Tag Archives: katja grace

Minimum viable impact purchases

Several months ago I did some work on a trial basis for AI Impacts. It went well enough, but the process of agreeing in advance on what work needs to be done felt cumbersome. It's not uncommon that midway through a project, it turns out that it makes sense to do a different thing than what you'd originally envisioned - and because I was doing this for someone else, I had to check in at each such point. This didn't just slow down the process, but made the whole thing less motivating for me.

Later, I did my own research project. When natural pivot points came up, this didn't trigger a formal check-in - I just continued to do the thing that made the most sense. I think that I did better work this way, and steered more quickly towards the highest-value aspect of my research. Part of this is because, since I wasn't accountable to anyone else for the work, I could follow my own inner sense of what needed to be done.

I was talking with Katja about my work, and she mentioned that AI Impacts might potentially be interested in funding some of this work. I explained the motivation problem mentioned in the prior paragraphs, and wondered out loud whether AI Impacts might be interested in funding projects retrospectively, after I'd already completed them. Katja responded that in principle this sounded like a much better deal than funding projects prospectively, in large part because it would take less management effort on her part. This also felt like a much better deal to me than being funded prospectively, again because I wouldn't have to worry so much about checking in and fulfilling promises.

I've talked with friends about this consideration, and a few mentioned the fact that sometimes people are hired as researchers with a fairly vague or flexible research mandate, or prefunded to do more like their prior work, in the hope that they'll produce similarly valuable work in the future. But making promises like that, even if very abstract, also makes it difficult for me to proceed in a spirit of play, discovery, and curiosity, which is how I do some of my best work.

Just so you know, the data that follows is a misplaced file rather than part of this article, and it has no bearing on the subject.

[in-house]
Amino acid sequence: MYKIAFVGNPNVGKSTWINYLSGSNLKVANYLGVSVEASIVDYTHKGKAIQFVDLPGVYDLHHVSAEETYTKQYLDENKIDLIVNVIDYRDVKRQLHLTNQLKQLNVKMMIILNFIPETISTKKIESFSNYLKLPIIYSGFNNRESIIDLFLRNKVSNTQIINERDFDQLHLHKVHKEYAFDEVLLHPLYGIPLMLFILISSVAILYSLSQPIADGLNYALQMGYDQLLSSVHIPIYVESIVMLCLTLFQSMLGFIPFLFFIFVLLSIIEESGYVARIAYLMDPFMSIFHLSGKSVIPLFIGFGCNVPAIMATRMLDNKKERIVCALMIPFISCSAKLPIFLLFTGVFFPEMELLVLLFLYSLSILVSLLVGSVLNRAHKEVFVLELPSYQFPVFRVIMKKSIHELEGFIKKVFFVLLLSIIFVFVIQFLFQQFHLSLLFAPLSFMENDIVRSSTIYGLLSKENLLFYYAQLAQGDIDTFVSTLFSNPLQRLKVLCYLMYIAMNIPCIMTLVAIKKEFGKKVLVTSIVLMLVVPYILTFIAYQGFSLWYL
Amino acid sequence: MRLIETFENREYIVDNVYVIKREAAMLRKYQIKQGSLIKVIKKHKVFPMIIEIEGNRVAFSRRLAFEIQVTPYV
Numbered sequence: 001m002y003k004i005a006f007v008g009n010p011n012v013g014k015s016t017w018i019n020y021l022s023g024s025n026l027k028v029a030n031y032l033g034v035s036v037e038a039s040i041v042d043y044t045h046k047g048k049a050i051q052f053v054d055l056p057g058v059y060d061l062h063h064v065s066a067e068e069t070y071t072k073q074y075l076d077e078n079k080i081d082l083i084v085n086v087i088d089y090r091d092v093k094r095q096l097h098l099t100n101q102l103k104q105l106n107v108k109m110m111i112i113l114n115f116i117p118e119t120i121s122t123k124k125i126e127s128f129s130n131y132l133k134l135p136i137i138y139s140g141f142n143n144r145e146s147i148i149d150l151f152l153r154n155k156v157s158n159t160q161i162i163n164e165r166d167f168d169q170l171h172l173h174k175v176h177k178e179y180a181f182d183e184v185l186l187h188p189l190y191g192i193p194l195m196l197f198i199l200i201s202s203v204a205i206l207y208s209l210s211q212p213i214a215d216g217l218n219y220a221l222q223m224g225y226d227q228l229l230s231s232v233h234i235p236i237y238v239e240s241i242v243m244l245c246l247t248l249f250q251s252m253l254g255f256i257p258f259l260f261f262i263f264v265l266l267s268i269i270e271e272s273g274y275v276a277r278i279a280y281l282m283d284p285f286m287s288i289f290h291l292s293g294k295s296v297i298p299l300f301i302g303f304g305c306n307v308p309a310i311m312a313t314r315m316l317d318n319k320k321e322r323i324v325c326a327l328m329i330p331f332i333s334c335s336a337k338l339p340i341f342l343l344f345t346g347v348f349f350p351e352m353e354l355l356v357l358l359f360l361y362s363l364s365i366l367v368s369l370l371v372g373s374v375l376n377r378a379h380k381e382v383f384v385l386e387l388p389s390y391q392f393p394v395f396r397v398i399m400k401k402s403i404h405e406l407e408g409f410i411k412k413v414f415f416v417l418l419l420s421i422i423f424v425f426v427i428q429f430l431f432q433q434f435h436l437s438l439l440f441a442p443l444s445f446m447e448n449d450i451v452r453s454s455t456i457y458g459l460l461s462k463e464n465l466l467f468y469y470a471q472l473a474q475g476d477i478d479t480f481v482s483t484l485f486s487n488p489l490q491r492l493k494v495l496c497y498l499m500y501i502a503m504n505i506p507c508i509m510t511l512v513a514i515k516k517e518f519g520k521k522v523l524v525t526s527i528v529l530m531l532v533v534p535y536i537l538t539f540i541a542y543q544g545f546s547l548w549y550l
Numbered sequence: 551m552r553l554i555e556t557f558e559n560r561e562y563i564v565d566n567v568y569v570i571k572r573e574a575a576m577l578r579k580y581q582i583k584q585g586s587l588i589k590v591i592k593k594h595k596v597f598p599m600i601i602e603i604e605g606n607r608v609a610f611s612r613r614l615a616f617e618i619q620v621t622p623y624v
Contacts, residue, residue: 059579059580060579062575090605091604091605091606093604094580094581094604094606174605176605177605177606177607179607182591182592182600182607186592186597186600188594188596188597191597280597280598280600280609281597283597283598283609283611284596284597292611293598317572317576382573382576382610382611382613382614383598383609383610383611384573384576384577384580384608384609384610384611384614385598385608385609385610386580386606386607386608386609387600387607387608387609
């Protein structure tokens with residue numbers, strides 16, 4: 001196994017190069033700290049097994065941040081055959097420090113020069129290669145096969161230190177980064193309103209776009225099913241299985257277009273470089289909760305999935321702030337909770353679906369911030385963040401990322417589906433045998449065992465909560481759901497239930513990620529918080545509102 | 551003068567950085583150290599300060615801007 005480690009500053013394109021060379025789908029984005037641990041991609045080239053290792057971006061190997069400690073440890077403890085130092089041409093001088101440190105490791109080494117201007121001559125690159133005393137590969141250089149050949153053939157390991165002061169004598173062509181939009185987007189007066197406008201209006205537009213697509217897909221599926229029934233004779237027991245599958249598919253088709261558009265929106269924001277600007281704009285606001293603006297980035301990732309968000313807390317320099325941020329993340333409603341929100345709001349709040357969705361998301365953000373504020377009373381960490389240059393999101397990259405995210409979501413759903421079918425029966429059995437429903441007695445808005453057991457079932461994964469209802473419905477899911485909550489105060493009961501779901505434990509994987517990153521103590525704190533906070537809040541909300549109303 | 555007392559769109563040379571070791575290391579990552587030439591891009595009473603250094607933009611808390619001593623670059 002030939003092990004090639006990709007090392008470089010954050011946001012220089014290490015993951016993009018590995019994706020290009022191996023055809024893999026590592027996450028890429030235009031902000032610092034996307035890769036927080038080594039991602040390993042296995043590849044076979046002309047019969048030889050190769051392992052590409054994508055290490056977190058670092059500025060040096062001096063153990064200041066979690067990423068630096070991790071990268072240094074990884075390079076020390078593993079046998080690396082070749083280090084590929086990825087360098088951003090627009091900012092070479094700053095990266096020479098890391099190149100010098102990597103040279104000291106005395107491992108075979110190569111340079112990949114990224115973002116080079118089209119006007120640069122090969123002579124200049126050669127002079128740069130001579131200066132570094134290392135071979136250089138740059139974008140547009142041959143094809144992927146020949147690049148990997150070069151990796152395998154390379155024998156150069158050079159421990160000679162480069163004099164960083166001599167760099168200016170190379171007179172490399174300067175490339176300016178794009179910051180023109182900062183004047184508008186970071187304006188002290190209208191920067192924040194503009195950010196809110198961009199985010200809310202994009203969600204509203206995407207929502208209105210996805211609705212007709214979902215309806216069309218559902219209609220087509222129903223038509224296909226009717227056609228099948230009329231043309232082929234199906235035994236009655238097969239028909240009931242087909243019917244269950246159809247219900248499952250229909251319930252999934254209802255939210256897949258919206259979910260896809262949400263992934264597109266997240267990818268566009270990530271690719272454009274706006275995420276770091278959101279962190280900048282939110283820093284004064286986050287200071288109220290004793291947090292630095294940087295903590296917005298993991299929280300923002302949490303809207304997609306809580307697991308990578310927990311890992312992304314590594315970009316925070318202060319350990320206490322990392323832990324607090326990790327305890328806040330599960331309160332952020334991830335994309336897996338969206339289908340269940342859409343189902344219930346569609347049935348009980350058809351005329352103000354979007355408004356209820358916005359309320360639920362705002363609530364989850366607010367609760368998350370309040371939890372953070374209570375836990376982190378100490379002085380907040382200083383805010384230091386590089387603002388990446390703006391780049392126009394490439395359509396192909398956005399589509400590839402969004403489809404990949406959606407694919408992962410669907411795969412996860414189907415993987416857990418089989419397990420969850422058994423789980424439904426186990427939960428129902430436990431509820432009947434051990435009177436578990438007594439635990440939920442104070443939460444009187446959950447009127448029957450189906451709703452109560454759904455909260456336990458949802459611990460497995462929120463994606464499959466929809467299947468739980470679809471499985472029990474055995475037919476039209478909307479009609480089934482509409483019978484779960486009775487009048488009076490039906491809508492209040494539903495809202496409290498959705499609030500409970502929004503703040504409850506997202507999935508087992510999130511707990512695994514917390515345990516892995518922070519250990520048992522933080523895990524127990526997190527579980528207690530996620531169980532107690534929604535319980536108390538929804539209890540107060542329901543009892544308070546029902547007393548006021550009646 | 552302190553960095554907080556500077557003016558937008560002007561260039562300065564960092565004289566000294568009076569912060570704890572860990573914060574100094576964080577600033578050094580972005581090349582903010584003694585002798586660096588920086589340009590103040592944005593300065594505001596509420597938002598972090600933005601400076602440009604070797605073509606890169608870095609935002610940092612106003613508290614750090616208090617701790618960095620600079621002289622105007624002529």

It also offends my sense of integrity to accept money for the promise to do one thing, or even one class of thing, when my real plan is to adopt a flexible stance - my best judgment might tell me to radically change course, and at this stage I fully intend to listen to it. For instance, I might decide that I should switch from research to writing and advocacy (what I'm doing now). I might even learn something that persuades me to make a bigger commitment to another course of action, starting or join some organization with a better-defined role.}

What doesn't offend my sense of integrity is to accept money explicitly for past work, with no promises about the future.

Then it clicked - this is the logic behind impact certificates. Continue reading

Want to Summon Less Animal Suffering?

I've been thinking about Julia Galef's chart of how much of an animal's live an unit of food costs. Her summary of her approach:

If you’re bothered by the idea of killing animals for food, then going vegetarian might seem like an obvious response. But if you want your diet to kill as few animals as possible, then eschewing meat is actually quite an indirect, and sometimes even counterproductive, strategy. The question you should be asking yourself about any given food is not, “Is this food animal flesh?” The question you should be asking yourself is, “How many animal lives did this food cost?”